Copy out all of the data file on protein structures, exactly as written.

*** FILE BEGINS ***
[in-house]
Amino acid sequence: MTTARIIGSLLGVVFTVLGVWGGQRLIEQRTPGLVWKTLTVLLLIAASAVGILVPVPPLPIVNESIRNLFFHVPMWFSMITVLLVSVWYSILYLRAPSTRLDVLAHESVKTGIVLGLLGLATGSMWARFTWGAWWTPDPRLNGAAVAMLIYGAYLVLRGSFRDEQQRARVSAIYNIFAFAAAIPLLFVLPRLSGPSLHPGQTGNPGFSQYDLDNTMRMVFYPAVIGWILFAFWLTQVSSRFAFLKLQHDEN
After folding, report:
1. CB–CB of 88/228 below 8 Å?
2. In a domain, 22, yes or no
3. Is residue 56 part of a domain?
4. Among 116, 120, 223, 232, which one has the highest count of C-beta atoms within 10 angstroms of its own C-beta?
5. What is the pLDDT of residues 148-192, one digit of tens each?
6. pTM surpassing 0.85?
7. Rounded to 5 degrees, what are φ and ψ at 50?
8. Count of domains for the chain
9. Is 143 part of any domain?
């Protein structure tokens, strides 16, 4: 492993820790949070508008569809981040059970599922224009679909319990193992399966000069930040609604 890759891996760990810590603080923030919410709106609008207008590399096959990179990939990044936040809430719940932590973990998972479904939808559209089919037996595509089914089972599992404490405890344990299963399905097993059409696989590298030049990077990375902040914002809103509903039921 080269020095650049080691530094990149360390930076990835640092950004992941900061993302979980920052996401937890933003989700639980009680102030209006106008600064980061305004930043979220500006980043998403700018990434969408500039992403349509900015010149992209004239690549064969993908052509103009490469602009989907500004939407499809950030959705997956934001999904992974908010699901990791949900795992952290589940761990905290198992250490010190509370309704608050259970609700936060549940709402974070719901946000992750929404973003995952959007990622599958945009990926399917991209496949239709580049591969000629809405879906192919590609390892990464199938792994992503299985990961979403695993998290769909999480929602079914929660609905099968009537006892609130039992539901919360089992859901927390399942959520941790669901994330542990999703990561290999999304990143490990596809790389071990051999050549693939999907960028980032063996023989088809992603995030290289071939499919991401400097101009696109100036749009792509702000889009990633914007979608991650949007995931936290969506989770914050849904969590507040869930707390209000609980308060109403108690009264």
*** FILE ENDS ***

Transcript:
[in-house]
Amino acid sequence: MTTARIIGSLLGVVFTVLGVWGGQRLIEQRTPGLVWKTLTVLLLIAASAVGILVPVPPLPIVNESIRNLFFHVPMWFSMITVLLVSVWYSILYLRAPSTRLDVLAHESVKTGIVLGLLGLATGSMWARFTWGAWWTPDPRLNGAAVAMLIYGAYLVLRGSFRDEQQRARVSAIYNIFAFAAAIPLLFVLPRLSGPSLHPGQTGNPGFSQYDLDNTMRMVFYPAVIGWILFAFWLTQVSSRFAFLKLQHDEN
After folding, report:
1. CB–CB of 88/228 below 8 Å?
2. In a domain, 22, yes or no
3. Is residue 56 part of a domain?
4. Among 116, 120, 223, 232, which one has the highest count of C-beta atoms within 10 angstroms of its own C-beta?
5. What is the pLDDT of residues 148-192, one digit of tens each?
6. pTM surpassing 0.85?
7. Rounded to 5 degrees, what are φ and ψ at 50?
8. Count of domains for the chain
9. Is 143 part of any domain?
């Protein structure tokens, strides 16, 4: 492993820790949070508008569809981040059970599922224009679909319990193992399966000069930040609604 890759891996760990810590603080923030919410709106609008207008590399096959990179990939990044936040809430719940932590973990998972479904939808559209089919037996595509089914089972599992404490405890344990299963399905097993059409696989590298030049990077990375902040914002809103509903039921 080269020095650049080691530094990149360390930076990835640092950004992941900061993302979980920052996401937890933003989700639980009680102030209006106008600064980061305004930043979220500006980043998403700018990434969408500039992403349509900015010149992209004239690549064969993908052509103009490469602009989907500004939407499809950030959705997956934001999904992974908010699901990791949900795992952290589940761990905290198992250490010190509370309704608050259970609700936060549940709402974070719901946000992750929404973003995952959007990622599958945009990926399917991209496949239709580049591969000629809405879906192919590609390892990464199938792994992503299985990961979403695993998290769909999480929602079914929660609905099968009537006892609130039992539901919360089992859901927390399942959520941790669901994330542990999703990561290999999304990143490990596809790389071990051999050549693939999907960028980032063996023989088809992603995030290289071939499919991401400097101009696109100036749009792509702000889009990633914007979608991650949007995931936290969506989770914050849904969590507040869930707390209000609980308060109403108690009264």